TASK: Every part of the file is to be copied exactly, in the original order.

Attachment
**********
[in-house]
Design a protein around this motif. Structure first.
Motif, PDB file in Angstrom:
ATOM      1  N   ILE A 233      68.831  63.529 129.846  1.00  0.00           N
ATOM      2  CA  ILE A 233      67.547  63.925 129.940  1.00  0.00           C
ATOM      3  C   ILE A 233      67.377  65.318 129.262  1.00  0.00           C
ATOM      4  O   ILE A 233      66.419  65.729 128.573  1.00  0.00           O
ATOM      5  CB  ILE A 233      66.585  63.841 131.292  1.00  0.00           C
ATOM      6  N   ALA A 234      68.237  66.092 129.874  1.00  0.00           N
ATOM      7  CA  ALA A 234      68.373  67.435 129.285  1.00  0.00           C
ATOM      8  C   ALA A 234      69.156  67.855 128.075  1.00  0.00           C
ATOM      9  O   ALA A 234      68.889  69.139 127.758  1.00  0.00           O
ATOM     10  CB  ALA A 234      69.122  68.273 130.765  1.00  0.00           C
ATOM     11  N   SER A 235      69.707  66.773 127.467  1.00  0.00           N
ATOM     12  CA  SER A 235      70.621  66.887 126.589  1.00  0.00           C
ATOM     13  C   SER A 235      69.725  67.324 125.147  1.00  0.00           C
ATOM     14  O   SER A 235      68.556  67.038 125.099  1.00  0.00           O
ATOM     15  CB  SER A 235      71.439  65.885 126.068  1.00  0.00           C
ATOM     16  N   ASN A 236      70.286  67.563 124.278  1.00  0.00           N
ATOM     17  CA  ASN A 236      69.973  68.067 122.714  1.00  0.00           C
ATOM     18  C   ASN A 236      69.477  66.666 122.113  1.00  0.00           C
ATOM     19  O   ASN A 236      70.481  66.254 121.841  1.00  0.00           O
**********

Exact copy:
[in-house]
Design a protein around this motif. Structure first.
Motif, PDB file in Angstrom:
ATOM      1  N   ILE A 233      68.831  63.529 129.846  1.00  0.00           N
ATOM      2  CA  ILE A 233      67.547  63.925 129.940  1.00  0.00           C
ATOM      3  C   ILE A 233      67.377  65.318 129.262  1.00  0.00           C
ATOM      4  O   ILE A 233      66.419  65.729 128.573  1.00  0.00           O
ATOM      5  CB  ILE A 233      66.585  63.841 131.292  1.00  0.00           C
ATOM      6  N   ALA A 234      68.237  66.092 129.874  1.00  0.00           N
ATOM      7  CA  ALA A 234      68.373  67.435 129.285  1.00  0.00           C
ATOM      8  C   ALA A 234      69.156  67.855 128.075  1.00  0.00           C
ATOM      9  O   ALA A 234      68.889  69.139 127.758  1.00  0.00           O
ATOM     10  CB  ALA A 234      69.122  68.273 130.765  1.00  0.00           C
ATOM     11  N   SER A 235      69.707  66.773 127.467  1.00  0.00           N
ATOM     12  CA  SER A 235      70.621  66.887 126.589  1.00  0.00           C
ATOM     13  C   SER A 235      69.725  67.324 125.147  1.00  0.00           C
ATOM     14  O   SER A 235      68.556  67.038 125.099  1.00  0.00           O
ATOM     15  CB  SER A 235      71.439  65.885 126.068  1.00  0.00           C
ATOM     16  N   ASN A 236      70.286  67.563 124.278  1.00  0.00           N
ATOM     17  CA  ASN A 236      69.973  68.067 122.714  1.00  0.00           C
ATOM     18  C   ASN A 236      69.477  66.666 122.113  1.00  0.00           C
ATOM     19  O   ASN A 236      70.481  66.254 121.841  1.00  0.00           O